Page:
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Dagstuhl Seminar 24272

A Game of Shadows: Effective Mastery Learning in the Age of Ubiquitous AI

( Jun 30 – Jul 05, 2024 )

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This Dagstuhl Seminar will identify challenges and potential solutions for the practice of mastery learning within tertiary computing education in the context of the recent rapid advancement of highly scalable large language models (LLM). While an understanding of the capabilities and weaknesses of LLMs allows for its guarded use by academics, its use by students warrants in-depth attention. When considering the need for repeated practice within mastery learning and the lack of in-depth knowledge specific to novice programmers, it is critical to understand how to effectively incorporate LLMs into the mastery learning process.

Mastery learning is an educational approach where students master a specific set of skills before being allowed to move on to a different set of skills, often more advanced than the previous. A differentiating aspect of mastery learning is that students are only allowed to move to the next set of skills after they have demonstrated that they are proficient with the current set. Students are given ample opportunities to practice, to receive timely, supportive feedback, and to demonstrate mastery. Instructors using a mastery approach must have a deep understanding of student progress and structure support accordingly.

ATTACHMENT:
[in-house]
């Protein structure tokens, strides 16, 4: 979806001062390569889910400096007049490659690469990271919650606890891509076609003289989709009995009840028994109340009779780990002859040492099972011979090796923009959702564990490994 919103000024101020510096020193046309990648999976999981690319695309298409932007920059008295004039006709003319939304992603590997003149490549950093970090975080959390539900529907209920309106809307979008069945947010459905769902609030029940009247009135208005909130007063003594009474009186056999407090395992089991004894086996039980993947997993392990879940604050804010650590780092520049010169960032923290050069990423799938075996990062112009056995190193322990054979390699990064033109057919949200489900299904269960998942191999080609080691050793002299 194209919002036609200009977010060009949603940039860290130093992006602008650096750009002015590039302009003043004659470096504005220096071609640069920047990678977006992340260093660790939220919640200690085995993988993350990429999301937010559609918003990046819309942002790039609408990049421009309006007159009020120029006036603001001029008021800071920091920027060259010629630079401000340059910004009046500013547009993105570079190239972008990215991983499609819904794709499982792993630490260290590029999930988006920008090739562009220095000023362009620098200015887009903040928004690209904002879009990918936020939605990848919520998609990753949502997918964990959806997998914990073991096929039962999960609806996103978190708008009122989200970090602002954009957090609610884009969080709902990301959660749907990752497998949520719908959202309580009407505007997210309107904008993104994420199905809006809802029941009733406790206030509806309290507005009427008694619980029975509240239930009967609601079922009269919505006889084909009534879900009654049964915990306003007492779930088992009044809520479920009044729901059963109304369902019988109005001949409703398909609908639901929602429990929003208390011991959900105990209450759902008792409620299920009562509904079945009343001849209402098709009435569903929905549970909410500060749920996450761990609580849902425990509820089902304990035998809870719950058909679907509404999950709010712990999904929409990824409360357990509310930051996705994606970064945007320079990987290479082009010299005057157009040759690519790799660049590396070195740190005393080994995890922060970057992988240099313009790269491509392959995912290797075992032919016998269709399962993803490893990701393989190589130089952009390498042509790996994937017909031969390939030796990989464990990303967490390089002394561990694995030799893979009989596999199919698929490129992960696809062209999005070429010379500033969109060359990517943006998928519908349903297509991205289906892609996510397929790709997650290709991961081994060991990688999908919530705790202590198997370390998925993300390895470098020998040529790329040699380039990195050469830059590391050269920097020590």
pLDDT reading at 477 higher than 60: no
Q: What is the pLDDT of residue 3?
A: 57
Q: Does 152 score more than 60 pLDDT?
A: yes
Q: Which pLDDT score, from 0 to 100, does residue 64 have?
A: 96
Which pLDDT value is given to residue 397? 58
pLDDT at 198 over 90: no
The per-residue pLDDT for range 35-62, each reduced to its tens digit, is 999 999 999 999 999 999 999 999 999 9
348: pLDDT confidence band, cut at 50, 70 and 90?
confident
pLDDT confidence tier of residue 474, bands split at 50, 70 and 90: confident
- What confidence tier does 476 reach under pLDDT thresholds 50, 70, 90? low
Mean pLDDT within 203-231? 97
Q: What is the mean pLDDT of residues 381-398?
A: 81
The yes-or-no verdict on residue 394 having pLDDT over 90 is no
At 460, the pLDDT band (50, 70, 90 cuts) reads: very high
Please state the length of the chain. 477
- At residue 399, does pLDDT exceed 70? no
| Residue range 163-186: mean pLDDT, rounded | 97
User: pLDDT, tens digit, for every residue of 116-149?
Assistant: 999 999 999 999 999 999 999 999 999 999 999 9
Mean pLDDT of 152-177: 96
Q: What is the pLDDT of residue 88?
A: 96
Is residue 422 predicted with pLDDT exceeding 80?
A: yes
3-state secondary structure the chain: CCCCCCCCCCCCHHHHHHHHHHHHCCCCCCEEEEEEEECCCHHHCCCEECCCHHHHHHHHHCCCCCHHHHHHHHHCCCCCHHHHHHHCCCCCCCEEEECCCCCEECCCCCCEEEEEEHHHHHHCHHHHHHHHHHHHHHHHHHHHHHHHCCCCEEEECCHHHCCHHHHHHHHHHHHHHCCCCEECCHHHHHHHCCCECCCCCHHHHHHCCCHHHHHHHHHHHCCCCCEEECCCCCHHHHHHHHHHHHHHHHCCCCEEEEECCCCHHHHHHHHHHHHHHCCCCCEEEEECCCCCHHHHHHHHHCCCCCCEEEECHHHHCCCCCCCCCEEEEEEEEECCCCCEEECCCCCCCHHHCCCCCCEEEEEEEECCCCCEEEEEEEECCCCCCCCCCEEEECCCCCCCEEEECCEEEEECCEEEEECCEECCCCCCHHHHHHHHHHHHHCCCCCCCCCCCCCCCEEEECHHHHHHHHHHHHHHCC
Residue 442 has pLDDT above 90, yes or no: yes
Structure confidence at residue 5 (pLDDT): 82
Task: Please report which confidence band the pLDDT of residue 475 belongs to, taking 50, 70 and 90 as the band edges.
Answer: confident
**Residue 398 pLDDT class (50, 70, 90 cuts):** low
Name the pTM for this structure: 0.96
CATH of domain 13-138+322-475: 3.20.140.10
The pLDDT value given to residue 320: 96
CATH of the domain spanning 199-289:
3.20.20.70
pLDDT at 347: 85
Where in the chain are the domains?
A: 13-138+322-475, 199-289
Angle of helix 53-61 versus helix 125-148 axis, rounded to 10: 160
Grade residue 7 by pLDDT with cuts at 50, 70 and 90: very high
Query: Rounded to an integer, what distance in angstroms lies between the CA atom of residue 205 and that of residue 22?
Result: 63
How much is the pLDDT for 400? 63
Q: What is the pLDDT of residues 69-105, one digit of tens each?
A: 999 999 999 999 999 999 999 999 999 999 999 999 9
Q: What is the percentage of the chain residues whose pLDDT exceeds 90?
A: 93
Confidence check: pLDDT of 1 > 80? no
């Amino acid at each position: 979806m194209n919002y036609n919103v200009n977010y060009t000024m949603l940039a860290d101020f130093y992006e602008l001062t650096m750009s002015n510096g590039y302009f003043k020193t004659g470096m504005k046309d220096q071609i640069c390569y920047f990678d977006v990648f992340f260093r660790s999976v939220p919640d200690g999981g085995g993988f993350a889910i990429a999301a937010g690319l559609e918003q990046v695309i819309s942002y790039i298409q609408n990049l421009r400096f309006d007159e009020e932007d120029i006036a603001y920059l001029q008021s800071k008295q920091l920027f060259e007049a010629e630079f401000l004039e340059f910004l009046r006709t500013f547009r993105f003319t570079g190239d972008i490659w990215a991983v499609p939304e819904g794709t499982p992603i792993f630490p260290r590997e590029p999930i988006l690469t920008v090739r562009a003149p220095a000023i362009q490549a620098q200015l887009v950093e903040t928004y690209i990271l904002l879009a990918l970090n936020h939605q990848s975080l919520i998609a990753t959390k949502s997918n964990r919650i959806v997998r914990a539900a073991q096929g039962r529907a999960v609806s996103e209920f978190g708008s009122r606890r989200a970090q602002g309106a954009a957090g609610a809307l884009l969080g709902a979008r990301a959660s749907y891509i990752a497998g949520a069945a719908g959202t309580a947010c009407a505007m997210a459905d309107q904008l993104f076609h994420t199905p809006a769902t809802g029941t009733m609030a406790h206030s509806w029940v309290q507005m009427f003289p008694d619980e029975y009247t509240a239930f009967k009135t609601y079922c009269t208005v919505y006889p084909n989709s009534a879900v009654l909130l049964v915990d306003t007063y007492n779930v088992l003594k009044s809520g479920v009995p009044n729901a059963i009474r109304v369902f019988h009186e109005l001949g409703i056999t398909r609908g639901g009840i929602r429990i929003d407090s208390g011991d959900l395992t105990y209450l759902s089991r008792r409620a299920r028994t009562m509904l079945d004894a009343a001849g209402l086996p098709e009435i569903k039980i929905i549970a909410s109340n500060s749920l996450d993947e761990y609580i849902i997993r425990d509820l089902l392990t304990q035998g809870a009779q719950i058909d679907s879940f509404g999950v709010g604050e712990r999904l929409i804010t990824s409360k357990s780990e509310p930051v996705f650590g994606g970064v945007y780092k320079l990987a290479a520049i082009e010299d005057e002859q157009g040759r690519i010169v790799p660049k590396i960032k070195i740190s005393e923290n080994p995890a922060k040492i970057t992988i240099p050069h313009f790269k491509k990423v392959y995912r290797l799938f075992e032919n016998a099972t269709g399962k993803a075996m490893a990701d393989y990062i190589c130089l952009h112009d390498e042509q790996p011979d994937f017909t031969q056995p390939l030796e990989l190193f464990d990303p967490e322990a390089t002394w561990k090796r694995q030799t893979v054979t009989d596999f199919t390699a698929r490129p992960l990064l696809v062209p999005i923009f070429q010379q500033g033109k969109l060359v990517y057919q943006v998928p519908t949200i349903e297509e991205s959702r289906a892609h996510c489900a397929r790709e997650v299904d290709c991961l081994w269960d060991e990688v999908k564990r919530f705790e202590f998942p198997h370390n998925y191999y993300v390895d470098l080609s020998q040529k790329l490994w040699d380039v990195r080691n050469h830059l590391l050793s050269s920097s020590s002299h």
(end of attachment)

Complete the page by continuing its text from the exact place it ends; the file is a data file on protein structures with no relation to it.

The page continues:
Many computer science topics, including programming, appear to naturally lend themselves to a mastery learning approach. However, adoption of mastery learning is limited beyond the first year of tertiary education, where traditionally students learn how to program. A typical implementation of mastery learning in a programming course features a pass/fail assessment based on a sequence of several mastery tests.

The wide availability of LLMs provides both opportunities and challenges for mastery learning. For example, the duality of the mark, the pressure of the tests, and the availability of LLMs can lead students to overreliance for both simple and complex problems, and in some cases, plagiarism and collusion. However, LLMs may also be used to provide timely feedback, if framed appropriately, or to create new resources for practice, which would reduce the cost of adopting a mastery learning approach.

In light of this, our questions are:

  • What learning theories and pedagogies support implementation of mastery learning in the era of LLMs?
  • To what extent can we co-implement mastery learning with AI? If so, how can we use LLMs to encourage adoption of mastery learning more broadly, beyond CS1 and across all years of a degree?
  • How can we implement mastery learning at scale?
  • How can mastery learning be designed to reduce the risk of plagiarism?
  • How can LLM-based pedagogical tools be designed to support mastery learning?

The timeliness of this seminar is critical: in the last twelve months, LLMs have revolutionized many commercial fields and their use in education continues to grow. This use is mostly by students who use LLMs to generate answers to school work, while universities are grappling with the impact of LLMs on assessment policies and pedagogy.

Copyright Nick Falkner, Juho Leinonen, Miranda C. Parker, Andrew Petersen, and Claudia Szabo


  • Other Computer Science

  • Computing education
  • Mastery learning
  • LLMs
  • ChatGPT
  • Machine learning